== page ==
But How Will You Live Without a Car?!

10:13 PM



First, we have done a lot of thinking about this, and we are very fortunate to be in an area where living without a car is an option for us. We also understand that not everyone has to go car free, or can, but everyone can go car light. And many have been doing so just because of gas prices alone. So here is the "how" of us deciding to live without a car:

#1 We will ride our bikes!
#2 We will walk!

Other options:
We will use the train that we can easily walk to from our house.
We will use the bus.
We will call a taxi.
We will rent a car for long distance trips. 
We can borrow a car from other family members, or humble ourselves and ask for a ride.

We will walk more and utilize our little town, which has many great businesses. A cheese shop, a flower shop, hardware store, coffee shop, pet shop, pizza...! There is a lot where we are and it's all less than a block away. Sure some things are more expensive, but not having a car helps us keep the main street going versus the big box stores. Plus, we get to socialize with local shop owners and residents. You don't get that when you go to Walmart. Have you ever talked to the owner of Walmart? You never will and probably don't want to talk at that big round conference table full of suits anyway.

When it comes to groceries we have a few options in stores, some are easier to get to than others. If it's not safe to ride we will use a taxi. Unfortunately, it's not as safe to ride to the store we most frequent since it gets darker earlier, and crimes have increased in the town we have to ride through. In the summer bikes will be used more often to go food shopping. Also, we have cut the need to get our produce at the store. We now belong to an organic food co-op that supports local farmers and it gets delivered right to our door once per week.

We are choosing not to own a car. Hopefully it will sell soon. We know it will not be all peaches and cream, but it's the right thing for us to do. We are proud to say we are going car free, and are happy to be able to teach our children that they have options. That life can be just as great and rewarding without things as it can be with them, maybe even more so.

We can't wait to see what awesome experiences we will have together, and all of the people we get to meet along the way. It will be nice to slow down, stop the bikes, and take it all in.


You Might Also Like

5 comments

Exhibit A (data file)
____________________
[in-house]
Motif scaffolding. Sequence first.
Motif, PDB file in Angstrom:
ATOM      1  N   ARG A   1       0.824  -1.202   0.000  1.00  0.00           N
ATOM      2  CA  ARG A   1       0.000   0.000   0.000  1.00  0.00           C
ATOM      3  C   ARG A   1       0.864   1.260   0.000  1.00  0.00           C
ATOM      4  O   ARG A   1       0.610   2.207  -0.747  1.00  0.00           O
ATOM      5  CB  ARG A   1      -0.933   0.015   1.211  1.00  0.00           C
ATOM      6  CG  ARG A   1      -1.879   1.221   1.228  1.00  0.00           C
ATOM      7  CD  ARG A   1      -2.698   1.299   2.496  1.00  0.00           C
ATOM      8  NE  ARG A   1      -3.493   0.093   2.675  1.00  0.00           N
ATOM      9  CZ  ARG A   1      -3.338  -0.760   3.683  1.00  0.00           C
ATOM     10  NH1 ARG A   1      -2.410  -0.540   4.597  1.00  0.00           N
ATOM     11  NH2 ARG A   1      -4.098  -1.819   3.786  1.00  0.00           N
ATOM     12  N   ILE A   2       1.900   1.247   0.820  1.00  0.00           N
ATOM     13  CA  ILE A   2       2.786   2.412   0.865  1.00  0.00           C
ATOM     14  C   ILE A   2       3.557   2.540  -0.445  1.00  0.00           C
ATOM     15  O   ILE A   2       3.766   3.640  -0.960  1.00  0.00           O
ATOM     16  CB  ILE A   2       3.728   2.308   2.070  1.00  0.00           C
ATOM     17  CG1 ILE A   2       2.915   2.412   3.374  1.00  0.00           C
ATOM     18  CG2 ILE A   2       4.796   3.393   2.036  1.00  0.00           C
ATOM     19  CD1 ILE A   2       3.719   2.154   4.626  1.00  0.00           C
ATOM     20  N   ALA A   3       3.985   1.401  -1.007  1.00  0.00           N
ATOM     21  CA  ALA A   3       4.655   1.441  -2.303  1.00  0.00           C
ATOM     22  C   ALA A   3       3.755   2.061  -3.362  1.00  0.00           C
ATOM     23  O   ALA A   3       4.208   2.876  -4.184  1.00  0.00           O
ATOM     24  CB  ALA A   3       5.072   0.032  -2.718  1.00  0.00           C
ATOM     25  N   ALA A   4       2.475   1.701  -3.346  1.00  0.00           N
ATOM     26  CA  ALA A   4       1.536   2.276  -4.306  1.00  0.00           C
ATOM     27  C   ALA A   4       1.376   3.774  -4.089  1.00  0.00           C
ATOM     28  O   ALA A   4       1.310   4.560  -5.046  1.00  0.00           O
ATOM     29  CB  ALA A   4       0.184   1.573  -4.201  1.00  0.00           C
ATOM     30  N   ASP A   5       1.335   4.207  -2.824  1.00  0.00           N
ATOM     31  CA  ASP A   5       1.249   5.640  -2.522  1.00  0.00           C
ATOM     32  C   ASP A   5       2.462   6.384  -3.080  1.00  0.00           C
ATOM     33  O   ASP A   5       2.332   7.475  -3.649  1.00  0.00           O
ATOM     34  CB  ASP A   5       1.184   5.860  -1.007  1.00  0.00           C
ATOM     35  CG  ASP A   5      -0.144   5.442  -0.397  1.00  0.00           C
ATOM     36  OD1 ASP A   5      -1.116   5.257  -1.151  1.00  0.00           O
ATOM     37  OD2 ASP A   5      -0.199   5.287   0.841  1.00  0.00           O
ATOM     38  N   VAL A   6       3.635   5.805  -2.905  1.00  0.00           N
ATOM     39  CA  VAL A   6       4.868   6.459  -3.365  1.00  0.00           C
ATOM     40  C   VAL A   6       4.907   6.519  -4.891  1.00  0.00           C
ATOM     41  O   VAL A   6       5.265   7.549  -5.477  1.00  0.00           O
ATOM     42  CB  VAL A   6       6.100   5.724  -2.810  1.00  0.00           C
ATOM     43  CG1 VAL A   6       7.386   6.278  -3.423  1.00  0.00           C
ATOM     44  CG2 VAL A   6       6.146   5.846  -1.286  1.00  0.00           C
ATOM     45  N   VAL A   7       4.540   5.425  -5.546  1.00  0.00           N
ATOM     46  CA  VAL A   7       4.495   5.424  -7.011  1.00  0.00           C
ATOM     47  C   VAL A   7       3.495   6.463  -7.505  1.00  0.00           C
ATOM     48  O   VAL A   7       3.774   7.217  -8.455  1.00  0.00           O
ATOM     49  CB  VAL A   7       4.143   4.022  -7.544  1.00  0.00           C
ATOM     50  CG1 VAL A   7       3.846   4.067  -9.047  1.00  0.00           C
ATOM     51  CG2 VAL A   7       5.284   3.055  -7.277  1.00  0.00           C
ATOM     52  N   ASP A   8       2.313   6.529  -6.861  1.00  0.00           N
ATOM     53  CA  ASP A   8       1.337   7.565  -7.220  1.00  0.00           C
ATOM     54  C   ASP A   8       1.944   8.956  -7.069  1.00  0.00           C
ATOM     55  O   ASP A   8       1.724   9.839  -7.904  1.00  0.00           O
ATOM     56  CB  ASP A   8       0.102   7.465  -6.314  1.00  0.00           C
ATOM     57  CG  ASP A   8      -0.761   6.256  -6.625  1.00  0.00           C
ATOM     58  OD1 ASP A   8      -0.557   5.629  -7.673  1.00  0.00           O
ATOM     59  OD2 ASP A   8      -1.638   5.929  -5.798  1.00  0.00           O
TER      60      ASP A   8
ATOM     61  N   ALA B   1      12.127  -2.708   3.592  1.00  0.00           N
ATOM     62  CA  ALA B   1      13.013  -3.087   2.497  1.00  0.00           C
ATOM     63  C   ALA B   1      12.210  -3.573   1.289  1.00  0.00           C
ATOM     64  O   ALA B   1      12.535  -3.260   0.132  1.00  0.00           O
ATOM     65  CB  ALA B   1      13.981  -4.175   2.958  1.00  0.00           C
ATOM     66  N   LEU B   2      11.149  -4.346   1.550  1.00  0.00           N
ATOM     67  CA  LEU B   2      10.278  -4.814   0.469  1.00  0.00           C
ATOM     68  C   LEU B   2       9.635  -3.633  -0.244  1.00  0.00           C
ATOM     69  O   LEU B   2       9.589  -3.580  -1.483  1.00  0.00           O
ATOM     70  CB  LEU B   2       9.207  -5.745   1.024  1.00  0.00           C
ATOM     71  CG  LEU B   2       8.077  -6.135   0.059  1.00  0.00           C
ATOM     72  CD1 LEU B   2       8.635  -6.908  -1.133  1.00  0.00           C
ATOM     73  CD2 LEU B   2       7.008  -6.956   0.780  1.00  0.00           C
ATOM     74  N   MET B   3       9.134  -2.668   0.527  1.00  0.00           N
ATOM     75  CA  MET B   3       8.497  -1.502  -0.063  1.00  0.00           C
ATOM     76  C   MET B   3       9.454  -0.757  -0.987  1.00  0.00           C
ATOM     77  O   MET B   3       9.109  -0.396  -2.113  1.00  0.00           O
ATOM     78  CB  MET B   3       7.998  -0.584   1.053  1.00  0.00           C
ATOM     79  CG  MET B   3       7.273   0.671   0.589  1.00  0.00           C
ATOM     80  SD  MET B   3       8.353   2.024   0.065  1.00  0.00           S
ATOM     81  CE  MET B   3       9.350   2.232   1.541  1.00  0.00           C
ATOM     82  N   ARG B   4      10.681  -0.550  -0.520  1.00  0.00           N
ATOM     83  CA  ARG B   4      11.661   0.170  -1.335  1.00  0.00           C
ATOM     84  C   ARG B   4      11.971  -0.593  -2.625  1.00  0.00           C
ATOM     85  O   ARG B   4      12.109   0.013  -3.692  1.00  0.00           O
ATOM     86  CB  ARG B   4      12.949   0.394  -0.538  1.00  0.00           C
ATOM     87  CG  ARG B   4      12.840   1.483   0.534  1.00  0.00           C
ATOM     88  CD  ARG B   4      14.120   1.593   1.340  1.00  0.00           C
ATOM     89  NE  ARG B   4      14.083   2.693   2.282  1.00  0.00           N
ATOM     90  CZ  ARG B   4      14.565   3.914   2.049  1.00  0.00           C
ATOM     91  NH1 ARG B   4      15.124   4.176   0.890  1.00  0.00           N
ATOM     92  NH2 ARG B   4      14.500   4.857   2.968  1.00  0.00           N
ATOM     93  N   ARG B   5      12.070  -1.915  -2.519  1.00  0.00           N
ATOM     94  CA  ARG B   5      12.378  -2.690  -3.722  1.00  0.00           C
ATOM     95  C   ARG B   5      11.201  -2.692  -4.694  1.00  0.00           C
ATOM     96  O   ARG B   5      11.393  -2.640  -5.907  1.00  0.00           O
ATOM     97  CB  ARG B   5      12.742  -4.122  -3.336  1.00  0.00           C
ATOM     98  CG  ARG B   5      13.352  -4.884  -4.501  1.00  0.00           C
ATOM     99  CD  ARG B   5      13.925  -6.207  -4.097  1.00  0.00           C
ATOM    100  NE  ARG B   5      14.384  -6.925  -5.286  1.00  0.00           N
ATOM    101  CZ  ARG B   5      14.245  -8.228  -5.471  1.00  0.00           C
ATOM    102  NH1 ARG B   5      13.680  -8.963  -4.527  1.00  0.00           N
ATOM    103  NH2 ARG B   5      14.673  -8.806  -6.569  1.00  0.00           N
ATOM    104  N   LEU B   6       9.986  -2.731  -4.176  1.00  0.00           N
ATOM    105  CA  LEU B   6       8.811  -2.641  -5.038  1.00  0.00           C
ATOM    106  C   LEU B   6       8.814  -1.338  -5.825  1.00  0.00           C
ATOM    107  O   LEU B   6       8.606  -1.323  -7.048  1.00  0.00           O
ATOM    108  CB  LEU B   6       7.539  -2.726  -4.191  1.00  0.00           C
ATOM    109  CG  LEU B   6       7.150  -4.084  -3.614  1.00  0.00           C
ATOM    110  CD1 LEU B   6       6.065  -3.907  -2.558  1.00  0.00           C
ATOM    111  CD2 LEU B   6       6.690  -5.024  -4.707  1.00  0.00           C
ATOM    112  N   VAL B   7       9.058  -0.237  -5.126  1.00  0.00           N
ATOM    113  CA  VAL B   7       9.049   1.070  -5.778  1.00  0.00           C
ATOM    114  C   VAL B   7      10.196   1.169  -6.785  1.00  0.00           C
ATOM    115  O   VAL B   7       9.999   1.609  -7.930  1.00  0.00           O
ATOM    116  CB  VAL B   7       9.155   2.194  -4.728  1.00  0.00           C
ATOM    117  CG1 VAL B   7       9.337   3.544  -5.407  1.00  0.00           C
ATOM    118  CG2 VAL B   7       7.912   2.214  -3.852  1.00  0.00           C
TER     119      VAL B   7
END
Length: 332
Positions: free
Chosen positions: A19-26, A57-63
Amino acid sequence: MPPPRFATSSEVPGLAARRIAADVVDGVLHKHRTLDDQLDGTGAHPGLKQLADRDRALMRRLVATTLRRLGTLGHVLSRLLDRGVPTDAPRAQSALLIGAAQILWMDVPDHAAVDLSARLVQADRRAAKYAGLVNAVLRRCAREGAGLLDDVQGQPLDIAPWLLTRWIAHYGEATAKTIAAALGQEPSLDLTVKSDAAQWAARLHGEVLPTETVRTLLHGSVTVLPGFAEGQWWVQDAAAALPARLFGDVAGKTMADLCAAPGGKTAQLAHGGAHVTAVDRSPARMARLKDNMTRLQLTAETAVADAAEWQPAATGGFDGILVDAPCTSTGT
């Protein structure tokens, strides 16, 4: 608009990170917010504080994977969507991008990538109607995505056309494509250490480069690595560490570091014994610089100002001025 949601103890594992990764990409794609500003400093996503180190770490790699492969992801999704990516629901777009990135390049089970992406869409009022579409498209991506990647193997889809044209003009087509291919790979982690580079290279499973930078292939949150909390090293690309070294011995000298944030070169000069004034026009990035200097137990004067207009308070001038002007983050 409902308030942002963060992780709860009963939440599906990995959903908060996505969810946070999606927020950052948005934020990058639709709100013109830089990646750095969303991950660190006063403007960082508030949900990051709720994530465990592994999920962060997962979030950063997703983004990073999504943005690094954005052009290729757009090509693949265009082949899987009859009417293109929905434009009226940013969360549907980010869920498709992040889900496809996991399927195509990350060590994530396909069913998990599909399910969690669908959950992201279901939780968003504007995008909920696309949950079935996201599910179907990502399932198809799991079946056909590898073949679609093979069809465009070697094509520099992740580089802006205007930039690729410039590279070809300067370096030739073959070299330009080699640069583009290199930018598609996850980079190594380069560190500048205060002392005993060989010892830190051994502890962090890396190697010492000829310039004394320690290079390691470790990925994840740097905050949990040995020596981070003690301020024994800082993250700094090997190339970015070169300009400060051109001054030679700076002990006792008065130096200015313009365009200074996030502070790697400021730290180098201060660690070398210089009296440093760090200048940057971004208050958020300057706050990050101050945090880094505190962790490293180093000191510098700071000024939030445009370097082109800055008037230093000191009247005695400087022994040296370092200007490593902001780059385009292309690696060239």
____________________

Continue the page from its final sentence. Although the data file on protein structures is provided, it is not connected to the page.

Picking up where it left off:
1. what about playdates? and kid's activities (soccer?)? how do you manage this?
    you should be proud to say you are car free. it is an amazing decision to take!

    ReplyDelete
    Replies
    1. Thank you! Playdates will happen, we just have to be aware of our limits and maybe use our thinking caps for creative places, and with more planning on our part. Meeting friends in places that the train goes to and having more of our friends over to our house and the beach. Soccer may have to go for now. It was only a clinic for a few weeks. Nat has expressed interest in wanting to take up dance again and we have a studio within walking distance. There is so much for the kids to do within walking and biking distance. You don't even realize how much is so close until you make a decision like this. We have a lot here and the kids will have plenty to do. I think the thing I will miss most will be easy access to hiking in the parks, but with some planning that can happen, just not so much on a whim anymore.

      Delete
  2. Hi Megan,

    Awesome! The best thing you'll ever do. I'm a fifty year old single parent (My son is older; a teenager) living in Buffalo, NY who--after being car-lite for years--finally gave up car ownership about 6 or 7 months ago and have not looked back. One thing you may consider is a car-share program, if they have one in your area (I know NYC has Zip Car). I'm a member of a local version of that (which I use maybe once a month) and that alleviates the problem of going somewhere far or in foul weather. Anyhow, I just wanted to say congratulations! Peace. Joe www.urbansimplicity.com

    ReplyDelete
  3. We all know it can be done. Thanks for doing it in yet another doubtful city. My issues right now come with child illness and needing to pick up other children, lack of family cycling friends so I feel very lonely, leaving town long term, as we need the very expensive mini-van with four children. What do you forsee some of your most pressing challenges?

    If we choose to attend the local school, things would be different. Soccer was an issue for us too, but we could have gotten a zip-car (2miles away) or shared rides, or navigated the bus that runs every 2hrs, instead we drove, but even for the 8-10weeks of soccer, that wasn't so bad ;) My most recent driving annoyance was for a 5 min out of town appointment that had no other good parent/child transportation option. I do love the challenges that limiting vehicle use brings up, even on the days we drive. I know you are not anti car, but rather pro simplicity, pro community, pro fiscal savvyness.

    Keep blogging, the world is watching what a great example you are, and learning about overcoming the 'norm' to be intentional and engaged.

    ReplyDelete
  4. That's awesome, but I'm going to miss meeting up with you and the kiddos at the reservoir. You are definitely in an area where bikes are more doable for getting around. Best of luck on the journey, I look forward to reading more :)

    ReplyDelete